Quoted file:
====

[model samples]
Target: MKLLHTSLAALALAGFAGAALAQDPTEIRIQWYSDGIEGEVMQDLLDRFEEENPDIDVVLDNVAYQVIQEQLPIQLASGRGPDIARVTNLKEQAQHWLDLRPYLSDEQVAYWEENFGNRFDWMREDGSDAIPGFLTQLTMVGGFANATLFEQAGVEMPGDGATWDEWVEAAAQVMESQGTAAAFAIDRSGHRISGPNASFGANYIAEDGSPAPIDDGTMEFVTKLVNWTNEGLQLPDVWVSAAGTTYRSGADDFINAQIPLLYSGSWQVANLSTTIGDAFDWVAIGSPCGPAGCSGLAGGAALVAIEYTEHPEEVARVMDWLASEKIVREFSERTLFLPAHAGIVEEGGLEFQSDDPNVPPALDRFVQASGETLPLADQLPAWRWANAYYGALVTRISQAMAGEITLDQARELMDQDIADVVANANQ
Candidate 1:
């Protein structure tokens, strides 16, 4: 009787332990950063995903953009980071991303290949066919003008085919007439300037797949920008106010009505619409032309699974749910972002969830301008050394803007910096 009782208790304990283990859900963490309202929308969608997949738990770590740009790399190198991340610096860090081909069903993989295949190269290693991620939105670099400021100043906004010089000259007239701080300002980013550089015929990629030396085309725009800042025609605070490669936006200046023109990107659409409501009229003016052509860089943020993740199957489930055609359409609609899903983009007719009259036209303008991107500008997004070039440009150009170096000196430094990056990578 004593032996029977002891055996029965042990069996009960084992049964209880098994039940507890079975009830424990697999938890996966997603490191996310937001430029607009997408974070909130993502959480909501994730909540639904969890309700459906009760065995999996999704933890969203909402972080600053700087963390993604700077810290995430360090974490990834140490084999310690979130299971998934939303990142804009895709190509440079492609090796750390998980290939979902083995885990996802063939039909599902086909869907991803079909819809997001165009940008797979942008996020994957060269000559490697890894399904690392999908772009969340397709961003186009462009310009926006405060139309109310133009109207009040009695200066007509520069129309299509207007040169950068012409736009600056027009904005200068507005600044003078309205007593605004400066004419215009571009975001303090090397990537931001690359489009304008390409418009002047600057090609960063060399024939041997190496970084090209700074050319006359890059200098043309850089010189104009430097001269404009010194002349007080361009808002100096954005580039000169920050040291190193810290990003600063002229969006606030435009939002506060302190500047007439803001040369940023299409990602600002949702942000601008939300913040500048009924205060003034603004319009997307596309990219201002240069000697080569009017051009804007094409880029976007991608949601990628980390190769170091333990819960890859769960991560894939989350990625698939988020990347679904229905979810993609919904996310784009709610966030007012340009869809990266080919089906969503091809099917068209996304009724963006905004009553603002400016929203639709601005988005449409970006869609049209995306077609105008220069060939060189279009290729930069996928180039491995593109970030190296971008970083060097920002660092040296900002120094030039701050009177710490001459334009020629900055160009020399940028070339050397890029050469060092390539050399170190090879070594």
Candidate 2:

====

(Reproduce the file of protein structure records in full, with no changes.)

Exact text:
[model samples]
Target: MKLLHTSLAALALAGFAGAALAQDPTEIRIQWYSDGIEGEVMQDLLDRFEEENPDIDVVLDNVAYQVIQEQLPIQLASGRGPDIARVTNLKEQAQHWLDLRPYLSDEQVAYWEENFGNRFDWMREDGSDAIPGFLTQLTMVGGFANATLFEQAGVEMPGDGATWDEWVEAAAQVMESQGTAAAFAIDRSGHRISGPNASFGANYIAEDGSPAPIDDGTMEFVTKLVNWTNEGLQLPDVWVSAAGTTYRSGADDFINAQIPLLYSGSWQVANLSTTIGDAFDWVAIGSPCGPAGCSGLAGGAALVAIEYTEHPEEVARVMDWLASEKIVREFSERTLFLPAHAGIVEEGGLEFQSDDPNVPPALDRFVQASGETLPLADQLPAWRWANAYYGALVTRISQAMAGEITLDQARELMDQDIADVVANANQ
Candidate 1:
């Protein structure tokens, strides 16, 4: 009787332990950063995903953009980071991303290949066919003008085919007439300037797949920008106010009505619409032309699974749910972002969830301008050394803007910096 009782208790304990283990859900963490309202929308969608997949738990770590740009790399190198991340610096860090081909069903993989295949190269290693991620939105670099400021100043906004010089000259007239701080300002980013550089015929990629030396085309725009800042025609605070490669936006200046023109990107659409409501009229003016052509860089943020993740199957489930055609359409609609899903983009007719009259036209303008991107500008997004070039440009150009170096000196430094990056990578 004593032996029977002891055996029965042990069996009960084992049964209880098994039940507890079975009830424990697999938890996966997603490191996310937001430029607009997408974070909130993502959480909501994730909540639904969890309700459906009760065995999996999704933890969203909402972080600053700087963390993604700077810290995430360090974490990834140490084999310690979130299971998934939303990142804009895709190509440079492609090796750390998980290939979902083995885990996802063939039909599902086909869907991803079909819809997001165009940008797979942008996020994957060269000559490697890894399904690392999908772009969340397709961003186009462009310009926006405060139309109310133009109207009040009695200066007509520069129309299509207007040169950068012409736009600056027009904005200068507005600044003078309205007593605004400066004419215009571009975001303090090397990537931001690359489009304008390409418009002047600057090609960063060399024939041997190496970084090209700074050319006359890059200098043309850089010189104009430097001269404009010194002349007080361009808002100096954005580039000169920050040291190193810290990003600063002229969006606030435009939002506060302190500047007439803001040369940023299409990602600002949702942000601008939300913040500048009924205060003034603004319009997307596309990219201002240069000697080569009017051009804007094409880029976007991608949601990628980390190769170091333990819960890859769960991560894939989350990625698939988020990347679904229905979810993609919904996310784009709610966030007012340009869809990266080919089906969503091809099917068209996304009724963006905004009553603002400016929203639709601005988005449409970006869609049209995306077609105008220069060939060189279009290729930069996928180039491995593109970030190296971008970083060097920002660092040296900002120094030039701050009177710490001459334009020629900055160009020399940028070339050397890029050469060092390539050399170190090879070594």
Candidate 2: